The brains behind ‘The Miser’ back with more Molière – final week!

The brains behind ‘The Miser’ back with more Molière – final week!

This is the final week for Cape Town audiences to catch the acclaimed production of Molière’s ‘Tartuffe’, directed by the award-winning Sylvaine Strike of the Fortune Cookie Theatre Company, with translation by Richard Wilbur, at the Baxter Flipside. The final performance is on Saturday, April 29.
Performances take place at 7.30pm nightly, so be sure not to miss out if you are a theatre buff.
Molière is regarded as one of the greatest masters of comedy and director Sylvaine Strike (‘The Miser’, ‘Tobacco, And the Harmful Effects Thereof’) once again brings her winning signature directorial style to this theatre classic.

The production follows on the Fortune Cookie Theatre Company’s runaway success in 2012 with their production of Molière’s ‘The Miser’, which ran to wide critical acclaim, seventy sold out performances and which won four Naledi Awards, including Best Production and Best Director.

Making his long awaited return to the stage, Neil McCarthy (‘Born in the RSA’) plays Orgon, with Khutjo Green (‘Animal Farm’) as his wife Elmire. Craig Morris (‘Johnny Boskak is Feeling Funny’), takes on the title role of Tartuffe, and theatre stalwart Vanessa Cooke (‘Vigil’) plays the housekeeper, Dorine. Other cast members include Anele Situlweni (‘7de Laan’), Vuyelwa Maluleke (‘Emotional Creatures’), Adrian Alper (‘Generations’),William Harding(‘The Miser’) and Camilla Waldman (‘Closer’).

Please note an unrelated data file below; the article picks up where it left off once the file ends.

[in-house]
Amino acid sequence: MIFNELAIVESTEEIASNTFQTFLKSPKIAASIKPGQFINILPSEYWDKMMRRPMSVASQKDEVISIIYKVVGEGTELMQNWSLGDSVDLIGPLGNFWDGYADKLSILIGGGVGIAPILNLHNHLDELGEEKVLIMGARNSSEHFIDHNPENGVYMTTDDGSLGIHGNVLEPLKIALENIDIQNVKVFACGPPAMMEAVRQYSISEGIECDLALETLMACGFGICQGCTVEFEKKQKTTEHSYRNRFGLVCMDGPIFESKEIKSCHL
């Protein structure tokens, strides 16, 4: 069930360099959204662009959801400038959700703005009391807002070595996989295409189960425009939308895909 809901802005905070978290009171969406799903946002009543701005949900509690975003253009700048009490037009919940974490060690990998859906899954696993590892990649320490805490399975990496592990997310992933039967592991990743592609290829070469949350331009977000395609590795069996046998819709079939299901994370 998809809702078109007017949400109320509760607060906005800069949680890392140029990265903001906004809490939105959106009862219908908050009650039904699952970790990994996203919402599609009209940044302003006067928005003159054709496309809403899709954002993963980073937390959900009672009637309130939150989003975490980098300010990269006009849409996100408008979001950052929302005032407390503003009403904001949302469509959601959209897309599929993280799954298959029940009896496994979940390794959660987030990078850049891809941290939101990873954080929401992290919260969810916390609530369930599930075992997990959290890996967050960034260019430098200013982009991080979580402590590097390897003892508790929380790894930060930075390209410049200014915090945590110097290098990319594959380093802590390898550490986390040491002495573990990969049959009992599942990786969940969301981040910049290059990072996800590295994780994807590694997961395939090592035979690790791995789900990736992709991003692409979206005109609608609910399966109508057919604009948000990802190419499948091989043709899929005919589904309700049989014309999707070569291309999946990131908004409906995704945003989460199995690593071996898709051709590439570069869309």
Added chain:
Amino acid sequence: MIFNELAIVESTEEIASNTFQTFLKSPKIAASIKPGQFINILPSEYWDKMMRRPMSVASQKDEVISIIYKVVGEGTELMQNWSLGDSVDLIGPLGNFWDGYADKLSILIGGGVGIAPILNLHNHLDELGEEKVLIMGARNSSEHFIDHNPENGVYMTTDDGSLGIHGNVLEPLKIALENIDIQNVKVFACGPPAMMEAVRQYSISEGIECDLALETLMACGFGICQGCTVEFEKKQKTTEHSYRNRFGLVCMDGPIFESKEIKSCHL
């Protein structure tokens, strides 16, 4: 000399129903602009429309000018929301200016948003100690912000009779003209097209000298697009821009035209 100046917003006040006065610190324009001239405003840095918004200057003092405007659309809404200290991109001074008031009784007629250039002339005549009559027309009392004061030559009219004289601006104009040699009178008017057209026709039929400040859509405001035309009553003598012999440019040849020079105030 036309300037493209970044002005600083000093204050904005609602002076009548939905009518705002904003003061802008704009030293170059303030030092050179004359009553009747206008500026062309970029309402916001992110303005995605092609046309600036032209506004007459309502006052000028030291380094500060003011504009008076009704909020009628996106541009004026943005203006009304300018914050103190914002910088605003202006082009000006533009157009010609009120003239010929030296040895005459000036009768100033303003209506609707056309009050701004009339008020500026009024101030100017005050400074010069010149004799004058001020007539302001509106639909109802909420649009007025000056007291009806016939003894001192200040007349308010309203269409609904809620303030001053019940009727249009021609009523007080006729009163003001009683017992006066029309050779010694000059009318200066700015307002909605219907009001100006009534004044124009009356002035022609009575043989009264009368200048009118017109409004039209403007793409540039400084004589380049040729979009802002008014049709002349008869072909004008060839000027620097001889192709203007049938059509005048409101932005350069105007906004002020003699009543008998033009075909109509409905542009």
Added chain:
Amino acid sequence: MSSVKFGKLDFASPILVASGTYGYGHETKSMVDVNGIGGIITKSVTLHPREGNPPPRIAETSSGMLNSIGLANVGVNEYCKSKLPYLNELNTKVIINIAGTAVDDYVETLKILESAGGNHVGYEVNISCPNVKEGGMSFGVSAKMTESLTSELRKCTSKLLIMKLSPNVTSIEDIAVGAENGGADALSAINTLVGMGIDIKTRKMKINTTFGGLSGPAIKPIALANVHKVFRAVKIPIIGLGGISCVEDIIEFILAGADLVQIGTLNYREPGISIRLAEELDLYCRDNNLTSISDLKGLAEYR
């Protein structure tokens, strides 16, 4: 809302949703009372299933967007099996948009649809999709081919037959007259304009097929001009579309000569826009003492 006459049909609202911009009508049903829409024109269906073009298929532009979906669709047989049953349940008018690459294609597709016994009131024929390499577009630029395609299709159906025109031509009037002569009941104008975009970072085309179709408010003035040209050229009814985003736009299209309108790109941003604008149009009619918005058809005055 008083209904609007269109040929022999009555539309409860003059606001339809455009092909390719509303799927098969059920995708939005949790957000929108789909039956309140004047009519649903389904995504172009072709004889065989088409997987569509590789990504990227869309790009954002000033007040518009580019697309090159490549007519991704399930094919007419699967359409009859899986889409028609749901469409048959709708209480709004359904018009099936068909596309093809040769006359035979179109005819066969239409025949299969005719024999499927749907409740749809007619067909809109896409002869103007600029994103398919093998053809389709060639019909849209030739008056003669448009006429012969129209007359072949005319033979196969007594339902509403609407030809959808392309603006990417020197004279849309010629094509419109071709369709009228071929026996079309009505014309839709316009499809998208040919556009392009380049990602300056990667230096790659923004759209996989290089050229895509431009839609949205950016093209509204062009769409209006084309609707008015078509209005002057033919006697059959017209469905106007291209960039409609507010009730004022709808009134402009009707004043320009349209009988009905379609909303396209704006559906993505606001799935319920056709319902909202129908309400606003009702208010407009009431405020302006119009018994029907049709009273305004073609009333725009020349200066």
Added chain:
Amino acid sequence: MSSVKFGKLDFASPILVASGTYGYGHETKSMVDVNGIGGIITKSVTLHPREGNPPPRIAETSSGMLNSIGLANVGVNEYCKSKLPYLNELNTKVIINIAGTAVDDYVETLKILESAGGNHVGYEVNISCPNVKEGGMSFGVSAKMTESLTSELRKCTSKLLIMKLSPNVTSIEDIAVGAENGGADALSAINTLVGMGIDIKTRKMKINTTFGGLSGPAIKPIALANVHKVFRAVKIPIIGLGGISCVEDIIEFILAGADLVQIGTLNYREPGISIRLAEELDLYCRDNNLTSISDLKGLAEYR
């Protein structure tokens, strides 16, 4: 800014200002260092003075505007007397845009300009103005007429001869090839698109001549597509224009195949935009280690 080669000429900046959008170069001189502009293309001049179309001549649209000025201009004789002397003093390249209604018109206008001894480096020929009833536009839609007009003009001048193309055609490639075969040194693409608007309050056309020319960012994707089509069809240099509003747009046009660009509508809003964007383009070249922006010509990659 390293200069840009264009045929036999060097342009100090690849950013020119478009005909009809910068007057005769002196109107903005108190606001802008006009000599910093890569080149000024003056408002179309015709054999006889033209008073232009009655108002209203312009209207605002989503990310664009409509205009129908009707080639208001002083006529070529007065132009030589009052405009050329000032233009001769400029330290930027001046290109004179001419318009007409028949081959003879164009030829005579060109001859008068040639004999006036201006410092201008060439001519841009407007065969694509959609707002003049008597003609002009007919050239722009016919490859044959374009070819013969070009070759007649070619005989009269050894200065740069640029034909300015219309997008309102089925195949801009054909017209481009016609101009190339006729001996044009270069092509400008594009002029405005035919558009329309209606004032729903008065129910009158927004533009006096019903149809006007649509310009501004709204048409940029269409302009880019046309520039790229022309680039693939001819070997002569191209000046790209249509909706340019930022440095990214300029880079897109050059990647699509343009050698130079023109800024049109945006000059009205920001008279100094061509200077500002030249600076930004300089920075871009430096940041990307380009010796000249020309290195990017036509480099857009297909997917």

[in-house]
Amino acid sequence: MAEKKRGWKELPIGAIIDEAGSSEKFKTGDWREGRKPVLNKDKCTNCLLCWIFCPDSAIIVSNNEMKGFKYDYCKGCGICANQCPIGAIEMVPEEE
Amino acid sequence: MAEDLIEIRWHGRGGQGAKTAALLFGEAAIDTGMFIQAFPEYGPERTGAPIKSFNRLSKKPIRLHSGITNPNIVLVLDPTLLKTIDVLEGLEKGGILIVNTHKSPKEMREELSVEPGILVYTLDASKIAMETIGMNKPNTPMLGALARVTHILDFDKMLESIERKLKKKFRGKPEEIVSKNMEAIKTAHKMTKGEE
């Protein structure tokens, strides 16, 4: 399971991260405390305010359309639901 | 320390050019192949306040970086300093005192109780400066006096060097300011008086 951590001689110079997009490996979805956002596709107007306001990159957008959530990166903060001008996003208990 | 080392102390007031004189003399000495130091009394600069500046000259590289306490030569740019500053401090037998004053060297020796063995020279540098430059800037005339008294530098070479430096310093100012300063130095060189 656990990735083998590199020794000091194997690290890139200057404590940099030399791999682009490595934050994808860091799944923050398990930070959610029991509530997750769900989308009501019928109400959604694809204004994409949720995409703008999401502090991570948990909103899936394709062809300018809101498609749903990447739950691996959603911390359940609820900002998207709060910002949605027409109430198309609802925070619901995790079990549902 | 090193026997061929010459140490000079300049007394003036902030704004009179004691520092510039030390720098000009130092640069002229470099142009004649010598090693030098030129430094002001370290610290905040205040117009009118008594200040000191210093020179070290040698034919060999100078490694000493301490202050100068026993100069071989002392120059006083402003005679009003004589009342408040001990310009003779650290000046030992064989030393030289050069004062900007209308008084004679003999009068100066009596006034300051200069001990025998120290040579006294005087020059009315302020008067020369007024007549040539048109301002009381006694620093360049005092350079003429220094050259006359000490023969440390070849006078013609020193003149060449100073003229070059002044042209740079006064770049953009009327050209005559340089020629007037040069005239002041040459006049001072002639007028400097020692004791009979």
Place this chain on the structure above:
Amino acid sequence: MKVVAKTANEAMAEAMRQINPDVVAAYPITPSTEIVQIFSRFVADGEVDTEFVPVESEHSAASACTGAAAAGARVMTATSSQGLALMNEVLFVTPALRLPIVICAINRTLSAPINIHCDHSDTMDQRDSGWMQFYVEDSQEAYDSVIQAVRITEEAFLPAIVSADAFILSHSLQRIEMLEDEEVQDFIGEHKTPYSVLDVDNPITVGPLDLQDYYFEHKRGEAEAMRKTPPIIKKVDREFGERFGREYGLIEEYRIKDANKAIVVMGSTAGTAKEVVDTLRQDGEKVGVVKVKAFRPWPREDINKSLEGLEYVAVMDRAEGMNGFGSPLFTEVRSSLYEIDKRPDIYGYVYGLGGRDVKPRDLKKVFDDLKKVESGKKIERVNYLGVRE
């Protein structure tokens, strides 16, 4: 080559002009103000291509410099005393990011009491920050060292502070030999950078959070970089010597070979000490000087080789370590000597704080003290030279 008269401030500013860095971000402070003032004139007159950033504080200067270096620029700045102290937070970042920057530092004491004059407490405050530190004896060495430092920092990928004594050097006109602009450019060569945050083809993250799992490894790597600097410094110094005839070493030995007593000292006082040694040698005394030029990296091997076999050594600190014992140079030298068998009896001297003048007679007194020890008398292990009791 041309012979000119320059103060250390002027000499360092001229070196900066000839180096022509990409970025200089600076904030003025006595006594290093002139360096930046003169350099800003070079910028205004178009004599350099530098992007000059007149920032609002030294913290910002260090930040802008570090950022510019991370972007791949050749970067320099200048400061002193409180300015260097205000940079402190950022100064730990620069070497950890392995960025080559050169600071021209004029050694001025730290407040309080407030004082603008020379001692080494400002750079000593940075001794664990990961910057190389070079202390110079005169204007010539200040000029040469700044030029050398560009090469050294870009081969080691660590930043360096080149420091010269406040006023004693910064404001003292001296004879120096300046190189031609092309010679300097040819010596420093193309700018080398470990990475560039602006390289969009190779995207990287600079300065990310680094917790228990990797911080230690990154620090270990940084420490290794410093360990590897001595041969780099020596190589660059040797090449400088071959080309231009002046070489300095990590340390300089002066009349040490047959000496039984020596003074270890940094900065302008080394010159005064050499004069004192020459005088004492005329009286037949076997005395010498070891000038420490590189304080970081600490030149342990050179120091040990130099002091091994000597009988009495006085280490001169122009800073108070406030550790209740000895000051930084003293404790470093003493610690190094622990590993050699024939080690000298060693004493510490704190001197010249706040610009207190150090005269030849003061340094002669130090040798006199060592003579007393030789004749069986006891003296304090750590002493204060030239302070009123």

‘Tartuffe’ is a weasely swindler, disguised as a paragon of piety who manipulates his way into Orgon’s house and unleashes his lecherous reign. Exploring the way in which people are easily manipulated by symbols of power and honeyed words, ‘Tartuffe’ is one of Molière’s masterpieces – an uneasy comedy with a potent message at its core.

Controversial when it was first performed in 1664, the play was closed down, censored and Molière questioned by the religious authorities of the time, who saw in it an audacious critique of hypocrisy within the church. Considering this, in a time when the artist, cartoonist or satirist’s freedom of expression was not guaranteed, ‘Tartuffe’ is “as relevant now as it was then.”
“Promoting the work of Molière is even more relevant today as it remains utterly universal through the ongoing power of his word,” says Strike. “We are proud to showcase the genius of one of France’s most accomplished artists.
“It is a play which, through the strength of its comedy and satire of society, also invites us to question and interrogate.”

There is an age restriction of 16 years.
There will also be a matinee at 2pm on Saturday, April 29.
Book at Computicket.